What Can I Write When I’m Tired And Distracted?
The struggle is real.
It’s the beginning of the week, Monday afternoon. You had a nice weekend, but you slept strange hours and ate big meals. You feel tired and bloated, and your mind is skipping ahead with thoughts and plans for the week ahead.
Also, it’s hot. A humid, heavy day. It took all of your energy to just open the computer and start writing. Now you have a a few words on the page, isn’t that enough?
You deserve reward, a treat or a distraction. No.
You deserve punishment, you lack self-discipline.
You oscillate between the two modes of thinking, and when you check the clock you see that an hour has passed, with no written progress.
Your head hurts, and so does your self-esteem.
Your 3-step guide for writing on the slow days:
Step one: shake it out.
Pause here. Put on a song that makes you want to move. This is a good one: Purple Hat by Sofi Tukker
Turn on the music and step away from your computer. Yes, take your hands off the keyboard, stop scrolling with the mouse.
We’re going to shake it out for a few minutes. And if you don’t know what it means to ‘shake it out,’ don’t worry. It’s whatever it means to you — you can bounce, you can twist and shout, you can slowly sway. Stretch out your neck and shoulders, make some silly faces and move your jaw. Shake shake shake. You get the point. You could also watch this video on how your shaking practice will change everything.
If you are sitting somewhere public (a cafe, the library, at a friends’ party etc.), put on headphones and enjoy something with a beat. Let your inner dancer get funky.
I know you are still at your computer reading this. Click on a song of your choosing and Go!
~dancing shaking interlude~
Step two: Set a goal or an intention
Ah, paradox: The Freedom of Limitations.
One of the hardest parts of writing is the sheer possibility of what you can do — and the sense of unrealized potential. When we set a goal, we are giving ourselves a boundary or framework to work within. There’s a lot written about goal-setting elsewhere, so I won’t go deep in now. Suffice it to say: go for a SMART goal and keep it simple. Some examples are:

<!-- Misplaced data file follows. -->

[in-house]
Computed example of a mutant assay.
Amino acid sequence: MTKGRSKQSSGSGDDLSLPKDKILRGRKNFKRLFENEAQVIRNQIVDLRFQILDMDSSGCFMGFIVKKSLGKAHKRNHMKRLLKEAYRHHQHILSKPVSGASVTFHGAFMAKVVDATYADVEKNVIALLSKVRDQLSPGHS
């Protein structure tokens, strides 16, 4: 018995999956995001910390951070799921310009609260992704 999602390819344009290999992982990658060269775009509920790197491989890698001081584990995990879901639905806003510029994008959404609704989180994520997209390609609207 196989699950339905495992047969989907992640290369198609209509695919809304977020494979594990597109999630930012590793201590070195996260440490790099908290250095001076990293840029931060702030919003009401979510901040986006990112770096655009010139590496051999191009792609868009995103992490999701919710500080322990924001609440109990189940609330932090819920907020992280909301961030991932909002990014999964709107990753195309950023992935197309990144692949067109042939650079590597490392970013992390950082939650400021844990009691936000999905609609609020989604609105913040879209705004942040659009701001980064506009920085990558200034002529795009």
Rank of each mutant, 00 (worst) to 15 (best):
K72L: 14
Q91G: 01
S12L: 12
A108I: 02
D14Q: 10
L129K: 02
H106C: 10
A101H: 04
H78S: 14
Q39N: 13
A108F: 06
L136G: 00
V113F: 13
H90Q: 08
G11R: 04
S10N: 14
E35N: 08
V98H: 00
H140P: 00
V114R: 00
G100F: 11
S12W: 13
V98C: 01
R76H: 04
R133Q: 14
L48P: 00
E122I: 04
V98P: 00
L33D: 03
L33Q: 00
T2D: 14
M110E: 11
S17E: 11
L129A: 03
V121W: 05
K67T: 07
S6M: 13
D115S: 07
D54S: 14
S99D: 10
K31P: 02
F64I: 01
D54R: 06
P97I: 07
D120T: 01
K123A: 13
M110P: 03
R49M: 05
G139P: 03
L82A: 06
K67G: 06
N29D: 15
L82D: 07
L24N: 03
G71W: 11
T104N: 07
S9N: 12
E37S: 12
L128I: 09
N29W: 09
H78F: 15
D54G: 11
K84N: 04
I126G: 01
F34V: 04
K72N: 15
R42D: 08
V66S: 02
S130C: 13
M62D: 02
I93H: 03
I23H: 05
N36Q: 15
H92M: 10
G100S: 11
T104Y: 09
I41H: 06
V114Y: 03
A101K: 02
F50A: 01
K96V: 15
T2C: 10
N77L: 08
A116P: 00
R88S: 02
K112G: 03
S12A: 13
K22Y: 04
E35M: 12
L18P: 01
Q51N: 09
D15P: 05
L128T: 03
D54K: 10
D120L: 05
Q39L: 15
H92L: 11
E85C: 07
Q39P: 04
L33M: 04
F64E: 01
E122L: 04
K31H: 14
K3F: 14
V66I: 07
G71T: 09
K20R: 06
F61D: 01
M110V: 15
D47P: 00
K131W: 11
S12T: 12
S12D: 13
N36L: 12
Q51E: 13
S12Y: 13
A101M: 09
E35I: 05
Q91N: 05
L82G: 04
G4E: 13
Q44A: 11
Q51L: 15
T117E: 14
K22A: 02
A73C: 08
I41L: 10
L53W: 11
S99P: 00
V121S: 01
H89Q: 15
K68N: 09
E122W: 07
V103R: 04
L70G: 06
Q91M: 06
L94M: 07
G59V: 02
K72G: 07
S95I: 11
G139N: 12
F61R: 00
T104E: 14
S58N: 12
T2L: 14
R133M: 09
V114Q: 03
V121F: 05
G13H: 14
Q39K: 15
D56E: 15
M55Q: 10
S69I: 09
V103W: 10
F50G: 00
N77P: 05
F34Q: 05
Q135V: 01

- Time limit (e.g. write uninterrupted for 25 minutes)
- Word limit (e.g. write 200 words)
- Action (e.g. publish a post — though when you are at 0%, this one can feel ambitious)
If you couldn’t tell from the name of my account, I like to write in 25-minutes intervals. I started to do this after reading about the Pomodoro method and use this app to help me break up tasks into twenty five minute intervals.
Another way to describe this step is to use the word ‘intention.’ What is the reason you are writing? Think of something that is true for you in this moment. It could be that you want to:
- practice the craft
- process an emotion or event
- articulate a thought
- promote a business
- procrastinate another activity, etc.
But taking a moment to get clear on your motivation will help you in your writing (and in moving past the inevitable resistance).
Step three: Write
And by this I mean: freewrite.
Remember: you’re tired, it’s hot, and just the fact of you showing up is a thing to celebrate. Let yourself write and enjoy what comes up. The editor can come out on another day.
If you aren’t familiar with free-writing, here are two suggestions for something to try:
- Morning Pages, or three pages written out longhand. It can be done anytime of day, what is important point is to keep your hands moving no matter what. You can even write the sentence ‘I don’t know what I’m writing,’ over and over again. This is a space to let your stream of consciousness go free — .
- Writing Prompt. You can find plenty of writing prompts on Medium (see the Creators Hub for ideas, or some publications like Found In My Journal have monthly prompts).
Get yourself a nice cup of tea, or ice, or whatever makes you happy. Chocolate is welcome too. And let’s get to it —
Good luck x